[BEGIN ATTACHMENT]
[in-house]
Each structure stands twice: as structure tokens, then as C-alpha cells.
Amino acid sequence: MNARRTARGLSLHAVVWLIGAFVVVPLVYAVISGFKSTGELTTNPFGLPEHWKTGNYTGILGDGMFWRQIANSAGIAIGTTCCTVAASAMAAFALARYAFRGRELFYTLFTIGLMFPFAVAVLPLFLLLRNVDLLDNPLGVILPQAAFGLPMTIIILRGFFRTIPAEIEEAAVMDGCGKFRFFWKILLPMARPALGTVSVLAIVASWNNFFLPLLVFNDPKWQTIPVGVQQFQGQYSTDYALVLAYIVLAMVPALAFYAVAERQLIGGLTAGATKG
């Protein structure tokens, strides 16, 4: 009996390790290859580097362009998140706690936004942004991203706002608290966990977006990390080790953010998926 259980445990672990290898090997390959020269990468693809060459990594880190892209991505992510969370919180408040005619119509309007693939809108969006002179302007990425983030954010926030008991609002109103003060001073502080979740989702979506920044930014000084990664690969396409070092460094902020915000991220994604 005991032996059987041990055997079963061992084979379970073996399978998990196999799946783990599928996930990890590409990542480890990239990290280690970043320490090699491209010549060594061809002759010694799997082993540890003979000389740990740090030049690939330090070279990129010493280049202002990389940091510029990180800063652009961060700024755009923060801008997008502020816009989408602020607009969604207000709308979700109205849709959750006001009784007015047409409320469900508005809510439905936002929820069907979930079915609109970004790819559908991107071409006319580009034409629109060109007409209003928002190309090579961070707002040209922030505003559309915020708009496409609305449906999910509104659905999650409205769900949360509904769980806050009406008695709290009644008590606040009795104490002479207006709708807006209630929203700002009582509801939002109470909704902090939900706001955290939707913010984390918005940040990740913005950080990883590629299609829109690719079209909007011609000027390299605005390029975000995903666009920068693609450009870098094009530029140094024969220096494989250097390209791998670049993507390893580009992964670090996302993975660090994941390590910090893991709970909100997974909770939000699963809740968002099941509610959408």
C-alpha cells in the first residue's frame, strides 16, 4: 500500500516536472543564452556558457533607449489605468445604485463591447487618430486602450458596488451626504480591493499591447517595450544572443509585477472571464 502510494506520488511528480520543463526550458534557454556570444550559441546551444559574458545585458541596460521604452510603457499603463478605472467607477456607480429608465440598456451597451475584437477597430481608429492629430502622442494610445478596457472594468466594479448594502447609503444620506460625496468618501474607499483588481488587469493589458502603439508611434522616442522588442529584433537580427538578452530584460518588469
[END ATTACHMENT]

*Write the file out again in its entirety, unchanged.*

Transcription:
[in-house]
Each structure stands twice: as structure tokens, then as C-alpha cells.
Amino acid sequence: MNARRTARGLSLHAVVWLIGAFVVVPLVYAVISGFKSTGELTTNPFGLPEHWKTGNYTGILGDGMFWRQIANSAGIAIGTTCCTVAASAMAAFALARYAFRGRELFYTLFTIGLMFPFAVAVLPLFLLLRNVDLLDNPLGVILPQAAFGLPMTIIILRGFFRTIPAEIEEAAVMDGCGKFRFFWKILLPMARPALGTVSVLAIVASWNNFFLPLLVFNDPKWQTIPVGVQQFQGQYSTDYALVLAYIVLAMVPALAFYAVAERQLIGGLTAGATKG
């Protein structure tokens, strides 16, 4: 009996390790290859580097362009998140706690936004942004991203706002608290966990977006990390080790953010998926 259980445990672990290898090997390959020269990468693809060459990594880190892209991505992510969370919180408040005619119509309007693939809108969006002179302007990425983030954010926030008991609002109103003060001073502080979740989702979506920044930014000084990664690969396409070092460094902020915000991220994604 005991032996059987041990055997079963061992084979379970073996399978998990196999799946783990599928996930990890590409990542480890990239990290280690970043320490090699491209010549060594061809002759010694799997082993540890003979000389740990740090030049690939330090070279990129010493280049202002990389940091510029990180800063652009961060700024755009923060801008997008502020816009989408602020607009969604207000709308979700109205849709959750006001009784007015047409409320469900508005809510439905936002929820069907979930079915609109970004790819559908991107071409006319580009034409629109060109007409209003928002190309090579961070707002040209922030505003559309915020708009496409609305449906999910509104659905999650409205769900949360509904769980806050009406008695709290009644008590606040009795104490002479207006709708807006209630929203700002009582509801939002109470909704902090939900706001955290939707913010984390918005940040990740913005950080990883590629299609829109690719079209909007011609000027390299605005390029975000995903666009920068693609450009870098094009530029140094024969220096494989250097390209791998670049993507390893580009992964670090996302993975660090994941390590910090893991709970909100997974909770939000699963809740968002099941509610959408």
C-alpha cells in the first residue's frame, strides 16, 4: 500500500516536472543564452556558457533607449489605468445604485463591447487618430486602450458596488451626504480591493499591447517595450544572443509585477472571464 502510494506520488511528480520543463526550458534557454556570444550559441546551444559574458545585458541596460521604452510603457499603463478605472467607477456607480429608465440598456451597451475584437477597430481608429492629430502622442494610445478596457472594468466594479448594502447609503444620506460625496468618501474607499483588481488587469493589458502603439508611434522616442522588442529584433537580427538578452530584460518588469